Understanding the weight probe

I’m trying to visualise how the weights of an ensemble change over time while using a learning rule. I understand that I need to use a weights probe, as shown in this example, however I’m a bit confused on how to interpret the results.

The probe returns an t-by-D-by-N tensor, where:

• t is the time-steps
• D is the dimensions of the ensemble
• N is the number of neurons

Assuming the output is connected to a D dimensional node, how am I supposed to understand the various values associated to this tensor? For example, assume a tensor called `weights`.

Would it be correct to say:

1. `weights[:, :, 0]` shows the change in weights over time for all weights leaving the neuron at index 0?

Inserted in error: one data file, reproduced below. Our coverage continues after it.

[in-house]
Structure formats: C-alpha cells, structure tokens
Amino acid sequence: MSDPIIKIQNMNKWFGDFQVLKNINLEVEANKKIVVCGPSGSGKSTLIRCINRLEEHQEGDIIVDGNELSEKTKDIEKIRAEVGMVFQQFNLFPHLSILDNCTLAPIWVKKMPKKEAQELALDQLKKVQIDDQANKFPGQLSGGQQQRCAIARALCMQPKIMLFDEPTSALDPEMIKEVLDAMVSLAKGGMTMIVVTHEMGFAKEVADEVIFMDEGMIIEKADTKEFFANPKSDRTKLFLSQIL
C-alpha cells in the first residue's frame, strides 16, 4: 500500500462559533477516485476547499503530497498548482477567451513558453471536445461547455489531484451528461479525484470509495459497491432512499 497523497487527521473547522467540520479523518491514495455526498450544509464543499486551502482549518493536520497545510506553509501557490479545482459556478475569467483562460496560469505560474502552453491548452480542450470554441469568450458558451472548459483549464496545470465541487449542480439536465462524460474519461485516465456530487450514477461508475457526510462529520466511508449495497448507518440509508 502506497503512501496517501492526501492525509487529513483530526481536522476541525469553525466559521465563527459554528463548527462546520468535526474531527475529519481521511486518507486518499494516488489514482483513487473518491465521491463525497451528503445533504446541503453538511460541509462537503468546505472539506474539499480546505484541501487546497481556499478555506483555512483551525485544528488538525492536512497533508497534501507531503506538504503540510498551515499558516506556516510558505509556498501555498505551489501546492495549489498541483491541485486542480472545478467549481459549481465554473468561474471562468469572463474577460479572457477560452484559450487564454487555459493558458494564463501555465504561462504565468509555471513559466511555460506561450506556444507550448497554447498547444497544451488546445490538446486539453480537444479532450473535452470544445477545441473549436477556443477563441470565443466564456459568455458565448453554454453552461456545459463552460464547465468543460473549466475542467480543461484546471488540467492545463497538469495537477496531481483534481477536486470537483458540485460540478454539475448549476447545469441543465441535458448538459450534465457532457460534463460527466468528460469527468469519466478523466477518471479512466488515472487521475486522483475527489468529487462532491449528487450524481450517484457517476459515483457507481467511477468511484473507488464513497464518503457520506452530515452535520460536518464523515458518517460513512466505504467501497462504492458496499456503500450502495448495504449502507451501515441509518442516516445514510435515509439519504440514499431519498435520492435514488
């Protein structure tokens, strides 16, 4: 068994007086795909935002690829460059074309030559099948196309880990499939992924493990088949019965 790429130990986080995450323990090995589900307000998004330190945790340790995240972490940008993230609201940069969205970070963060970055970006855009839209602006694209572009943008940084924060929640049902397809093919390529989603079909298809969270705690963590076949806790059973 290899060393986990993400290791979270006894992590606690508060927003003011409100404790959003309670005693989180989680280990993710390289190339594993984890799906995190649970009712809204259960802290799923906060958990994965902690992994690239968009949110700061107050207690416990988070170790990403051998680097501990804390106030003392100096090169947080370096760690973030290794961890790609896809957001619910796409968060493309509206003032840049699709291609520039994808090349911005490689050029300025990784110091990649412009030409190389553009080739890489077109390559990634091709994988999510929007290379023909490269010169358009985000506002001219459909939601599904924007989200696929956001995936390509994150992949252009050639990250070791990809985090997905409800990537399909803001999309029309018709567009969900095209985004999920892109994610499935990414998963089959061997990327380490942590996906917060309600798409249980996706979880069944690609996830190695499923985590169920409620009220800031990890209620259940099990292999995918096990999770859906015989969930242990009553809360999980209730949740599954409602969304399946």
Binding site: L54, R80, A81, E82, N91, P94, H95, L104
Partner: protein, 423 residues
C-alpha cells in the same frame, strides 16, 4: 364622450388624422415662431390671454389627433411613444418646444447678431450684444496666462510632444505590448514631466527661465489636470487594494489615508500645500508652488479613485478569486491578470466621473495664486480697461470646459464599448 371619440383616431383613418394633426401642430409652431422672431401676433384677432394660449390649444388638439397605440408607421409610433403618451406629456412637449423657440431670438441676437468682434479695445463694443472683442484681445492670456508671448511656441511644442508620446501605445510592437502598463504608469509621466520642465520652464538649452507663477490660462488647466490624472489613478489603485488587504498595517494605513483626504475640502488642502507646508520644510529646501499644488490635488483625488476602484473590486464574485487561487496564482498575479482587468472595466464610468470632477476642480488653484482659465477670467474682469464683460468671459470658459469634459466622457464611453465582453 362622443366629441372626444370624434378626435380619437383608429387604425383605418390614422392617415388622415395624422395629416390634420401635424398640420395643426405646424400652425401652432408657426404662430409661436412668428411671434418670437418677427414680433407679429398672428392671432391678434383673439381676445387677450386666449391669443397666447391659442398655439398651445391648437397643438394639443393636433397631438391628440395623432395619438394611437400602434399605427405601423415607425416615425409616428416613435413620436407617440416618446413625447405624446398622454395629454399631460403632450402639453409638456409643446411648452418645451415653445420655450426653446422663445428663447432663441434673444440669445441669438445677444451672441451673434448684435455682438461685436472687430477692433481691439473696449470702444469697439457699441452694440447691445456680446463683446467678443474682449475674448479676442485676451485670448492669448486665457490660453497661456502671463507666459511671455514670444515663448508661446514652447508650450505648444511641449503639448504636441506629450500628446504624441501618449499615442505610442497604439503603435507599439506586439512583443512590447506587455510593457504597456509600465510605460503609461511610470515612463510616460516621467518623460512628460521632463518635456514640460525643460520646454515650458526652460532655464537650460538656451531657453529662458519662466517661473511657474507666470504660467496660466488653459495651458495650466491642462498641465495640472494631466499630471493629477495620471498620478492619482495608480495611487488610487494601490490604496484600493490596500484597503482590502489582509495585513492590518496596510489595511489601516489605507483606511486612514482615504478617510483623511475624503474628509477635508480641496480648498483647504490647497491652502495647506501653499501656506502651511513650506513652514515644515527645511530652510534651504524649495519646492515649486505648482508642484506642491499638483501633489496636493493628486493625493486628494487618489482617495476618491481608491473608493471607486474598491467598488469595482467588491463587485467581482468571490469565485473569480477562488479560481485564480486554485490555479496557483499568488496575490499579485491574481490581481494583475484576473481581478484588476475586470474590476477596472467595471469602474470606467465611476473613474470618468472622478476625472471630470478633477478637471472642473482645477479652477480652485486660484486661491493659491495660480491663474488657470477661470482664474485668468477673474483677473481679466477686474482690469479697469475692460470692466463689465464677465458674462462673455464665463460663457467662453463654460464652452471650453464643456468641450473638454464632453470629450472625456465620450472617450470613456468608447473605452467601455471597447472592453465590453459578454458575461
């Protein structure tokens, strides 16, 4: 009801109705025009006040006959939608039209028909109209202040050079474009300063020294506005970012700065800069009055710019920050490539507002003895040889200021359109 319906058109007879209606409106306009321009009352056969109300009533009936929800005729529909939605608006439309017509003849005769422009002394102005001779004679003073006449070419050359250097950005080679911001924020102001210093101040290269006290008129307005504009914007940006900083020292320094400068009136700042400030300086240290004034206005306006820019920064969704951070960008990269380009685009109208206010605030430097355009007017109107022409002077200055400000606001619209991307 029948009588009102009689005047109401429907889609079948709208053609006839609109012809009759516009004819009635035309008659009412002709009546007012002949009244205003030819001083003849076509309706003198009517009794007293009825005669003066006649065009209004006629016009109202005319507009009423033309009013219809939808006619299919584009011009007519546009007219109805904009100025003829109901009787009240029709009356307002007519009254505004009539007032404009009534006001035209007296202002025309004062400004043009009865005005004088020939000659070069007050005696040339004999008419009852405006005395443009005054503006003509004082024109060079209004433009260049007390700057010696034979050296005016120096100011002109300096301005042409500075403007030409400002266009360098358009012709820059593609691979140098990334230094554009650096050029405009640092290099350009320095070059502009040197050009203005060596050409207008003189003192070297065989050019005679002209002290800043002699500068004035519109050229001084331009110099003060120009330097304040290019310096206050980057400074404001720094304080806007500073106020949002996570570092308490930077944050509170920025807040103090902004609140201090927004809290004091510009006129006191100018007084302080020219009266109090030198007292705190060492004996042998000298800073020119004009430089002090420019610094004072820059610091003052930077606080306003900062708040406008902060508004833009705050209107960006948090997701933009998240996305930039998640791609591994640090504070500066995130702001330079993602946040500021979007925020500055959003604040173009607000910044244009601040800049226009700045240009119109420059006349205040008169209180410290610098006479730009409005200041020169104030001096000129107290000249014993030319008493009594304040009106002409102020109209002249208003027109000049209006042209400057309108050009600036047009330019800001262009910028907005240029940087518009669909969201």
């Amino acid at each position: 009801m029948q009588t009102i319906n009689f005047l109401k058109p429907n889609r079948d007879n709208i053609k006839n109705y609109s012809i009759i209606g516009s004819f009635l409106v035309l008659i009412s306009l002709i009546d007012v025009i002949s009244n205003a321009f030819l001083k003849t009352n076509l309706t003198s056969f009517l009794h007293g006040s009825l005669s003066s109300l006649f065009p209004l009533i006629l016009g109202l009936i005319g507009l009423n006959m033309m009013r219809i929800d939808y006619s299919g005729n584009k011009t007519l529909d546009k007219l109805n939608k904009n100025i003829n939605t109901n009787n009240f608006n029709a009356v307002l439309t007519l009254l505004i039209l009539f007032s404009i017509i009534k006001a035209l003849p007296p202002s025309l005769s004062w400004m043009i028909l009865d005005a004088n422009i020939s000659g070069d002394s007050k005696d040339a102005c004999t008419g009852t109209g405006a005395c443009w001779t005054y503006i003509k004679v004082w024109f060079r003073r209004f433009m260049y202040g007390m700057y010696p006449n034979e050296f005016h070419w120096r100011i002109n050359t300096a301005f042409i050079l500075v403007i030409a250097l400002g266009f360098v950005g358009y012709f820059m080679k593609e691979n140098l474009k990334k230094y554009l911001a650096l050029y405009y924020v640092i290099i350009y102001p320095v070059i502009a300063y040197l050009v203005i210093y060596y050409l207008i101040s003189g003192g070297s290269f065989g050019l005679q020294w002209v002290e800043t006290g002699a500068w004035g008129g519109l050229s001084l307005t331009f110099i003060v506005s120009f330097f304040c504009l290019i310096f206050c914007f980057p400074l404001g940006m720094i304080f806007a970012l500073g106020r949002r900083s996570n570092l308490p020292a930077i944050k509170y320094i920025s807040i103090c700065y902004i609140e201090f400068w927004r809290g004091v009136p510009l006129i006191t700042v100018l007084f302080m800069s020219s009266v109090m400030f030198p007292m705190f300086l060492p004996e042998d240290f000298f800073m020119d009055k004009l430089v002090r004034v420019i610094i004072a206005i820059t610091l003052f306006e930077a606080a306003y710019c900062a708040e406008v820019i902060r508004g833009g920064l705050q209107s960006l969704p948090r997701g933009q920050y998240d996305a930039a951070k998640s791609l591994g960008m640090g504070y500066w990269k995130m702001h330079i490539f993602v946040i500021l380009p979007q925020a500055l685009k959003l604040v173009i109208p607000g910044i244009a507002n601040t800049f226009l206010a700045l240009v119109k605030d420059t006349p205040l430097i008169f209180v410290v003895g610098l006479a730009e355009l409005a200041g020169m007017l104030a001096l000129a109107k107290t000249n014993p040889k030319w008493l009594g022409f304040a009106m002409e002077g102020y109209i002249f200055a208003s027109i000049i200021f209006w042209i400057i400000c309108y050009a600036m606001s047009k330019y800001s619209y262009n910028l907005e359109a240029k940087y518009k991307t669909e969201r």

2. `weights[:, 0, :]` shows the change in weights over time for the zeroth dimension of all neurons?
3. `weights[0, :, :]`
4. To access all the weights for analysis (I’m trying to find which ones keep returning to the same value instead of converging), I should change the dimensions of the tensor to t-by-D*N?

Finally, was this documented anywhere? I couldn’t find it in the connection documentation.

All the weight probe does is copy the weight matrix at every time step (the same idea as how any other probe copies the value of the probed attribute each timestep). In your case (connecting from N neurons to a D-dimensional node) that weight matrix will be DxN. So when you save that at every time step you get a txDxN shaped array.

So `weights[:, :, 0]` gives you the output weights from neuron `0` at each timestep, `weights[:, 0, :]` gives you the input weights to dimension `0` in the node at each timestep, and `weights[0, :, :]` gives you the weight matrix on the first timestep. And the full array gives you all the weights for analysis.

2 Likes

recommended to use the `sample_every` flag when probing weights if your probe data size is becoming cumbersome! i had forgotten about it, and found it most helpful when trevor reminded me of it.

1 Like